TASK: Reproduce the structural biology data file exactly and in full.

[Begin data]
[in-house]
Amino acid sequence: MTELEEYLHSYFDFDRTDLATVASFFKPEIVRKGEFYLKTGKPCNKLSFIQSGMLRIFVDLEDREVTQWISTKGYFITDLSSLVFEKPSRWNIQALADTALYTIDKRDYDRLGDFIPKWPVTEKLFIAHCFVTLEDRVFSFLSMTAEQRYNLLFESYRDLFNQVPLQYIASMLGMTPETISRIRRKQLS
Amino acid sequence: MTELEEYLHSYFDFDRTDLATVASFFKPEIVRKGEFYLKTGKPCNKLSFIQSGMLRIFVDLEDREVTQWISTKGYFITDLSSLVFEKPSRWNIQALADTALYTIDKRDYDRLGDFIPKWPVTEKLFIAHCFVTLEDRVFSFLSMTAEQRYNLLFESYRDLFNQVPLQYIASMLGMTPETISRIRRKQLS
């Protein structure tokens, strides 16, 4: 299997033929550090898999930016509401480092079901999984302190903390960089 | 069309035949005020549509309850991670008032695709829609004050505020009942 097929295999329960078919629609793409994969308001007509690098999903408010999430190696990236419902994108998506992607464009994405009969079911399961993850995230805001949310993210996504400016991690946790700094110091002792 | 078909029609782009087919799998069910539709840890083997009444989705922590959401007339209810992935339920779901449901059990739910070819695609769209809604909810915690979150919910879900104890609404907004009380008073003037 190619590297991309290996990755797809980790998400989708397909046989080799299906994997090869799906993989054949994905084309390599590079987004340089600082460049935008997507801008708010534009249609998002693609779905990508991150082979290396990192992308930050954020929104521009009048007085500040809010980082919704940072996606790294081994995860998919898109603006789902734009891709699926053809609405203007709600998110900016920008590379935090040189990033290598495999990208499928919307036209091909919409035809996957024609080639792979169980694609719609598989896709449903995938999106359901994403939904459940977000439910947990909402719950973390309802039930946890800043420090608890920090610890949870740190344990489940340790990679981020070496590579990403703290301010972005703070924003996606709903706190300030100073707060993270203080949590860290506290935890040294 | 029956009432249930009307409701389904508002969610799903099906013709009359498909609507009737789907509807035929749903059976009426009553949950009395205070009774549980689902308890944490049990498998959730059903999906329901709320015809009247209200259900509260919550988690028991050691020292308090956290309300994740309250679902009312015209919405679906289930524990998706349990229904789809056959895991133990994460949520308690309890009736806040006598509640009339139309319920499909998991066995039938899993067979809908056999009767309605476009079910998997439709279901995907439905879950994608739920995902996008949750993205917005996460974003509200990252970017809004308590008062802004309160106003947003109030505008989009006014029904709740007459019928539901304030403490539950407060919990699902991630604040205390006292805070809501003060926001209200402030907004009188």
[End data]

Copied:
[in-house]
Amino acid sequence: MTELEEYLHSYFDFDRTDLATVASFFKPEIVRKGEFYLKTGKPCNKLSFIQSGMLRIFVDLEDREVTQWISTKGYFITDLSSLVFEKPSRWNIQALADTALYTIDKRDYDRLGDFIPKWPVTEKLFIAHCFVTLEDRVFSFLSMTAEQRYNLLFESYRDLFNQVPLQYIASMLGMTPETISRIRRKQLS
Amino acid sequence: MTELEEYLHSYFDFDRTDLATVASFFKPEIVRKGEFYLKTGKPCNKLSFIQSGMLRIFVDLEDREVTQWISTKGYFITDLSSLVFEKPSRWNIQALADTALYTIDKRDYDRLGDFIPKWPVTEKLFIAHCFVTLEDRVFSFLSMTAEQRYNLLFESYRDLFNQVPLQYIASMLGMTPETISRIRRKQLS
């Protein structure tokens, strides 16, 4: 299997033929550090898999930016509401480092079901999984302190903390960089 | 069309035949005020549509309850991670008032695709829609004050505020009942 097929295999329960078919629609793409994969308001007509690098999903408010999430190696990236419902994108998506992607464009994405009969079911399961993850995230805001949310993210996504400016991690946790700094110091002792 | 078909029609782009087919799998069910539709840890083997009444989705922590959401007339209810992935339920779901449901059990739910070819695609769209809604909810915690979150919910879900104890609404907004009380008073003037 190619590297991309290996990755797809980790998400989708397909046989080799299906994997090869799906993989054949994905084309390599590079987004340089600082460049935008997507801008708010534009249609998002693609779905990508991150082979290396990192992308930050954020929104521009009048007085500040809010980082919704940072996606790294081994995860998919898109603006789902734009891709699926053809609405203007709600998110900016920008590379935090040189990033290598495999990208499928919307036209091909919409035809996957024609080639792979169980694609719609598989896709449903995938999106359901994403939904459940977000439910947990909402719950973390309802039930946890800043420090608890920090610890949870740190344990489940340790990679981020070496590579990403703290301010972005703070924003996606709903706190300030100073707060993270203080949590860290506290935890040294 | 029956009432249930009307409701389904508002969610799903099906013709009359498909609507009737789907509807035929749903059976009426009553949950009395205070009774549980689902308890944490049990498998959730059903999906329901709320015809009247209200259900509260919550988690028991050691020292308090956290309300994740309250679902009312015209919405679906289930524990998706349990229904789809056959895991133990994460949520308690309890009736806040006598509640009339139309319920499909998991066995039938899993067979809908056999009767309605476009079910998997439709279901995907439905879950994608739920995902996008949750993205917005996460974003509200990252970017809004308590008062802004309160106003947003109030505008989009006014029904709740007459019928539901304030403490539950407060919990699902991630604040205390006292805070809501003060926001209200402030907004009188």